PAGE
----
Alive on Arrival

Alive on Arrival


By Chad Buchholz

November 30th, 2013

When the incarnation of the Waldorf Hotel that the music, art, and party-partaking segment of the Vancouver population had come to know and love shut down last January, it felt like just one more blow in a long line of shots that seemed designed to cripple the local cultural community. City lawmakers don’t care about us, was the sentiment, and if you read the mainstream media, it seemed pretty clear that the less clued-in city residents derided us, too.

Whether it was the gears of the (sorry) No-Fun City Illuminati once again grinding away at the scene or just a decision on the part of the Waldorf’s owners to revert the place back to the middle-of-the-road watering hole that it once was didn’t really matter at the time, though. What mattered was that one of the few remaining legit venues that was booking top-level events and entertainment was essentially shuttered for such productions. Again.

(To date, the Waldorf hasn’t been demolished to accommodate a block of highrises, though we will see what happens after Solterra steps in to assume ownership on November 1st.)

The disintegration of the Waldorf as a cultural hub, of course, didn’t lead to the disintegration of the collective of creative minds who conceptualized and curated the space. While the core Waldorf Productions team of Danny Fazio, Thomas Anselmi, Ernesto Gomez, and Kasha Marciniak were understandably devastated by the loss of a venue that consumed so much of their lives for so many years, they were quick to regroup, rebranding themselves as the Arrival Agency and setting about getting involved in projects bigger, more diverse, and with greater visibility than ever before. With their curation of July’s Khatsahlano Festival on West 4th St., running the summer-long Food Truck Fest every weekend this past sunny season, and programming the entertainment for the FUSE at the Vancouver Art Gallery (also in July), the group has had some of the past few months’ most talked-about and most well-received special events stuck like so many feathers in their cap.

Now, with the forthcoming launch of the Fox Cabaret on the site of the former Fox Cinema, Arrival – along with partners from Rachel Zottenberg (the Rumpus Room, Narrow) and David Duprey (the Rickshaw) – is soon to have a venue within which to bring their vision to the people on a daily basis.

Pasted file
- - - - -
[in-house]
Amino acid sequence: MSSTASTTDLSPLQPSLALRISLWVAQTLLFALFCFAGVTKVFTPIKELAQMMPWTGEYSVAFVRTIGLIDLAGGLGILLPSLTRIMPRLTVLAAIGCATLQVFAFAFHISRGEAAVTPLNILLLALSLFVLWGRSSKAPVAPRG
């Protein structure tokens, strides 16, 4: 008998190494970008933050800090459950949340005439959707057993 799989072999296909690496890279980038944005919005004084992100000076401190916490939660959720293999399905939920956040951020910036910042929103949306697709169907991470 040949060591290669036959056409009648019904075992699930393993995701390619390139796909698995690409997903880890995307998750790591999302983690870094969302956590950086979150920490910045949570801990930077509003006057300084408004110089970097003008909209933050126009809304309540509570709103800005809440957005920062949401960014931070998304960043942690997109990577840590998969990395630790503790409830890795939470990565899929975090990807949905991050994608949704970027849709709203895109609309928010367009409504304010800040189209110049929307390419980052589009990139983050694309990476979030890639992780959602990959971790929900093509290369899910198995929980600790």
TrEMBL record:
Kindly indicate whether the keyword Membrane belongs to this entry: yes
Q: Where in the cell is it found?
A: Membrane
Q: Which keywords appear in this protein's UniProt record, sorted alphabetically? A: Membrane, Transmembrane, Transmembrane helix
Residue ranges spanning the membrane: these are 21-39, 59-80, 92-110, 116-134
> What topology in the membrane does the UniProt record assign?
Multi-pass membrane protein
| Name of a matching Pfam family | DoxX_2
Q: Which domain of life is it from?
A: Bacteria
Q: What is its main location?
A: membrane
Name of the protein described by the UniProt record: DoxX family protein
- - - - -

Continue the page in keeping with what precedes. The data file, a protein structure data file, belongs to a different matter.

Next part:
For those who don’t know, the Fox Cinema was the last remaining smut theatre in the city (check out local hero Mish Way’s investigative report of the old shithole here). It was a relic of a bygone era, playing dirty movies to, “Old dudes or people who didn’t have the internet,” as Marciniak paraphrased to me the words of the former owners. It was rundown, seedy, and generally sad-looking. While the idea that the Fox Cinema existed in a city as holistically puritanical as Vancouver is kind of a fun one, it’s hard to shed any tears over its passing. More realistically, with what Arrival has planned the Fox, you would be crazy to not be cheering the death of the old porn house.

On Sunday night I had the opportunity to drop by the in-progress site to have a chat with Fazio and Marciniak – Arrival’s Brand + Design Director and Producer + Talent Buyer, respectively. When I showed up, they came down to greet me at the smaller of two side-by-side entrances and lead me upstairs to what is going to be either the only bar or the back bar, depending on the night. Which is to say, plans call for this space to be open seven days a week, regardless of whether a show or event is happening in the main hall. It’s a cozy room, with a couple of dark corners perfect for hunkering down in, and windows behind the large bar area looking out onto Main Street. Up on the second floor like this it feels like a speakeasy, and I think to myself, ‘I’d like to drink in here.’